Soderbergh and Tatum teamed up to independently produce the film on a measly $7 million production budget. Warner Bros. wisely acquired the United States distribution rights, seeing the film’s commercial potential. The studio released “Magic Mike” in theaters right in the start of the summer movie season on June 29, 2012. What’s pretty remarkable is that it didn’t even top the charts when it was released. opening weekend, losing to “Ted,” yet it still grossed $39 million, ranking number two. Meanwhile, Pixar’s “Brave” earned $34 million in third place. It was a very different time.
“Magic Mike” fell all the way to fifth place on weekend two, taking in $15.6 million, but all in all it held up very well despite competition from other summer tentpoles like ” The Amazing Spider-Man” and “Ice Age: Continental Drift.” Held well enough, in fact, to end its domestic run with a jaw-dropping $113.7 million, to go with an international haul of $54 million for a total of $167.7 million – huge success counts given its small budget. Not bad for a strip movie that basically got audiences to watch a subversive story with something to say.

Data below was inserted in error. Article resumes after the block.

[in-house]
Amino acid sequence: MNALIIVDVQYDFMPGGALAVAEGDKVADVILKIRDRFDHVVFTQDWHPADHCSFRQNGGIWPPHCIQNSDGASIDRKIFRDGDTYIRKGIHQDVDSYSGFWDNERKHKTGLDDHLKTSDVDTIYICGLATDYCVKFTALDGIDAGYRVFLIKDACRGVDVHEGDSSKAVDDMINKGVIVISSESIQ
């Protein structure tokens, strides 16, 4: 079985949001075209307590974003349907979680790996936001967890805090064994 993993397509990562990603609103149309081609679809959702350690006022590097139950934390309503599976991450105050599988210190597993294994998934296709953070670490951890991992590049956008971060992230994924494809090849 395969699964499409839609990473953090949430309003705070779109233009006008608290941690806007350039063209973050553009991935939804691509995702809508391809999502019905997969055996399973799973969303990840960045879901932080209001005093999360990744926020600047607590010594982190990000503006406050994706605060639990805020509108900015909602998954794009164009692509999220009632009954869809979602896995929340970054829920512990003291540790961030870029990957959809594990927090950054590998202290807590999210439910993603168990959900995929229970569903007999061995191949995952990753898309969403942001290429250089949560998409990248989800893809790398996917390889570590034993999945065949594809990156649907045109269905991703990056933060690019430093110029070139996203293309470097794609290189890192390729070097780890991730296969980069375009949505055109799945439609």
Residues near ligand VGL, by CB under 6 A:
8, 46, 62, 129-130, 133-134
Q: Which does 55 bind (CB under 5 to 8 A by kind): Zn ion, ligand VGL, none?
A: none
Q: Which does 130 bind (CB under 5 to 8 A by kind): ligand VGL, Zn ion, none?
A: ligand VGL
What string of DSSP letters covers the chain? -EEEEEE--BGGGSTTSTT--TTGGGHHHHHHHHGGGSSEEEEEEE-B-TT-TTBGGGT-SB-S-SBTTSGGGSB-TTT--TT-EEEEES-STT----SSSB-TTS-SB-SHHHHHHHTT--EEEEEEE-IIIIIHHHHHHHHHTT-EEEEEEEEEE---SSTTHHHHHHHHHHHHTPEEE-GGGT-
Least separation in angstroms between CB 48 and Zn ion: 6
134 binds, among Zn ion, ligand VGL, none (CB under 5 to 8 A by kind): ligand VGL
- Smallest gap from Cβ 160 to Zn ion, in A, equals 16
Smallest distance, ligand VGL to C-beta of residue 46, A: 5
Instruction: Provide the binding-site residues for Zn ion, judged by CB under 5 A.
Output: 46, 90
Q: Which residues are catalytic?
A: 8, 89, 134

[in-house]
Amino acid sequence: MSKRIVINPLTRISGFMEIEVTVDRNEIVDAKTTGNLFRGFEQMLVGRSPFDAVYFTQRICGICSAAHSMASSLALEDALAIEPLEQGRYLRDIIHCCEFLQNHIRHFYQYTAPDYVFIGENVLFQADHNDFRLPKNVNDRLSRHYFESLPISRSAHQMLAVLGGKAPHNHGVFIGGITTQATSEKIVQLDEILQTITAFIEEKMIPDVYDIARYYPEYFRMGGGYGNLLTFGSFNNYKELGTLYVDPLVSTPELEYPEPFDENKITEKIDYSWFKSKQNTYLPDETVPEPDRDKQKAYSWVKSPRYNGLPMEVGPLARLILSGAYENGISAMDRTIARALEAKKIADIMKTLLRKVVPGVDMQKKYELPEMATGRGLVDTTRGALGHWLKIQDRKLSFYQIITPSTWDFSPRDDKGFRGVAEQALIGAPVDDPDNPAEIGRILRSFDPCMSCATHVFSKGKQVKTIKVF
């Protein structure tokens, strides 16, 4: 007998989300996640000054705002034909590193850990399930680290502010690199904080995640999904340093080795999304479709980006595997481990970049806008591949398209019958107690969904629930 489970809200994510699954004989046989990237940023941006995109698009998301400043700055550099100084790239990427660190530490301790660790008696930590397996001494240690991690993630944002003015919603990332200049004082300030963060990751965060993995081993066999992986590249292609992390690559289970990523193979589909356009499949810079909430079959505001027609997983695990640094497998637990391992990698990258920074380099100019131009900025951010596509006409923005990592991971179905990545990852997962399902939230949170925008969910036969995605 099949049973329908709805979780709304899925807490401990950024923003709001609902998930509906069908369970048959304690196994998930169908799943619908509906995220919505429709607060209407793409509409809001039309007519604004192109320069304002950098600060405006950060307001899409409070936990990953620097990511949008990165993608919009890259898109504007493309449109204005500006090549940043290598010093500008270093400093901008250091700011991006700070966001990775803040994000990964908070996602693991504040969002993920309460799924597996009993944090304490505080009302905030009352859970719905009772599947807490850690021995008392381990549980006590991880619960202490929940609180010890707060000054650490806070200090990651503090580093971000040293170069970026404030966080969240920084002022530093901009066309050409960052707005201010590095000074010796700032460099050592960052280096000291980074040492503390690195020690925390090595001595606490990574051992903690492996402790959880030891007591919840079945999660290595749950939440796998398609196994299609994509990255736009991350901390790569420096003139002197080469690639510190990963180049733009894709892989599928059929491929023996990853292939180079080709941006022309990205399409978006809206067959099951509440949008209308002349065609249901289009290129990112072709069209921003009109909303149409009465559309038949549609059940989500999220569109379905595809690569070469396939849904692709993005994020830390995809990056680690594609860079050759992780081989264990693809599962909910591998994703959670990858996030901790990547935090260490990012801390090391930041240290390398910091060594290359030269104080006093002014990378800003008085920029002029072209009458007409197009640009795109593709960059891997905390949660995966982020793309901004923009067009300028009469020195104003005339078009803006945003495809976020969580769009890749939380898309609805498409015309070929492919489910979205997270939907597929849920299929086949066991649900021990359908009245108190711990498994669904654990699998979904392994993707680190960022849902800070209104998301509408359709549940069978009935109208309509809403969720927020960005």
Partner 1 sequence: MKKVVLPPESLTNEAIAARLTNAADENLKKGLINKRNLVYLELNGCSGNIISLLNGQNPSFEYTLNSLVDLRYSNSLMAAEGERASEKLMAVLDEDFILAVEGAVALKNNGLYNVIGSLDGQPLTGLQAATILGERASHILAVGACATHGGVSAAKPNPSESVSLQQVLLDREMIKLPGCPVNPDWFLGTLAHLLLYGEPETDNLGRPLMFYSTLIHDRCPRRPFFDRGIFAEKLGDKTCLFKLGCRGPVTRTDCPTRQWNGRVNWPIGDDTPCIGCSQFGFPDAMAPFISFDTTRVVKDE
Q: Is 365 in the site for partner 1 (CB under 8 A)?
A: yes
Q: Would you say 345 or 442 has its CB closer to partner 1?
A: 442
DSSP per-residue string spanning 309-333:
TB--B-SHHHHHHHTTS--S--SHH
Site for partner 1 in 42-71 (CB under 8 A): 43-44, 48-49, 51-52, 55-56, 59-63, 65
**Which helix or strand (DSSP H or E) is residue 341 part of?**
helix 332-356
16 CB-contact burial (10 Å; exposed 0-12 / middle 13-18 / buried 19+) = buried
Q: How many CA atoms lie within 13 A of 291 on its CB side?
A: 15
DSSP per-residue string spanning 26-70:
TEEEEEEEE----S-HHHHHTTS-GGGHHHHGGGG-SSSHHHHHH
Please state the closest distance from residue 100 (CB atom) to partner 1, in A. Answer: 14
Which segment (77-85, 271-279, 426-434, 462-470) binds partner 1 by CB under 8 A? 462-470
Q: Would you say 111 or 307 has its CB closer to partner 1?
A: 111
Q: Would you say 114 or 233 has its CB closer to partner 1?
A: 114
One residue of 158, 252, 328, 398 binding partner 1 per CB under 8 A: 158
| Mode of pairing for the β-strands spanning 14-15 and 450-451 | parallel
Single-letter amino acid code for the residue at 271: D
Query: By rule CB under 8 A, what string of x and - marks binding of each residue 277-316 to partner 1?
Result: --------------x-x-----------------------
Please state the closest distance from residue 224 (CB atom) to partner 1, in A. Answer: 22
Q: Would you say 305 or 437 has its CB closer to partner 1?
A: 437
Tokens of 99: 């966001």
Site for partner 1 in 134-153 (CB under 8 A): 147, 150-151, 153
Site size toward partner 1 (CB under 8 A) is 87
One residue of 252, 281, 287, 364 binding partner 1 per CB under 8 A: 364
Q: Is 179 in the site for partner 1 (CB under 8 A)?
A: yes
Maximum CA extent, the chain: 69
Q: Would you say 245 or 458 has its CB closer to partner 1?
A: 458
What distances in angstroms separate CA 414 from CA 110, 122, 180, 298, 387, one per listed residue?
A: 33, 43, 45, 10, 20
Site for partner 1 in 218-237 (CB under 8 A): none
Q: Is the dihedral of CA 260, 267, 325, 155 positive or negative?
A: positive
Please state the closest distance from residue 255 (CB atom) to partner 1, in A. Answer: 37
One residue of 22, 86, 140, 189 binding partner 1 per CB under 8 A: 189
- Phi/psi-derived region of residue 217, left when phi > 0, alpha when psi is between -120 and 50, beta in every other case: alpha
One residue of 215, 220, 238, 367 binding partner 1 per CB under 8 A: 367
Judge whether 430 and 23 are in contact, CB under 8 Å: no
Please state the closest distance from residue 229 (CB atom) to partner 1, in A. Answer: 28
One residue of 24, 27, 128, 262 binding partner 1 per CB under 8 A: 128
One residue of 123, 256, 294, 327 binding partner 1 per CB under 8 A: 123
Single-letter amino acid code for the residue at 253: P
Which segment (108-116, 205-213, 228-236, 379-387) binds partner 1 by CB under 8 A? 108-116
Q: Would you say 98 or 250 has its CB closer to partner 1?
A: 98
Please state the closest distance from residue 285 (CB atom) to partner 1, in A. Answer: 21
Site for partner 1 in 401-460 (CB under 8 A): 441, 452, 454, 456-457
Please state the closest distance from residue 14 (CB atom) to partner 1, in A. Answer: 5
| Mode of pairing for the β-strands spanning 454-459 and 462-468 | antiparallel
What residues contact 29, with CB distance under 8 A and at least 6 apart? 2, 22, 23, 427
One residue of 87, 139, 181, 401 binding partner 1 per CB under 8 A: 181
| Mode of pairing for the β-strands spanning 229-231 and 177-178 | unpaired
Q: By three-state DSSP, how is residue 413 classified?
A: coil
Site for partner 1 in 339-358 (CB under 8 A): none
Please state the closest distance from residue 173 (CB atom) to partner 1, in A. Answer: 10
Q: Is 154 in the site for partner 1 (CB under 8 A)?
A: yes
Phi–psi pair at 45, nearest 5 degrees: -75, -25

Naturally, a sequel was made in the form of “Magic Mike XXL” which, quite honestly, looks more like the movie audiences probably thought they were getting the first time around. And, as one might guess, “XXL” did exceptionally well, grossing $123.5 million, which means the two films made a combined $294.1 million against combined budgets totaling just $21. $5 million. This is what studios might call the good s***.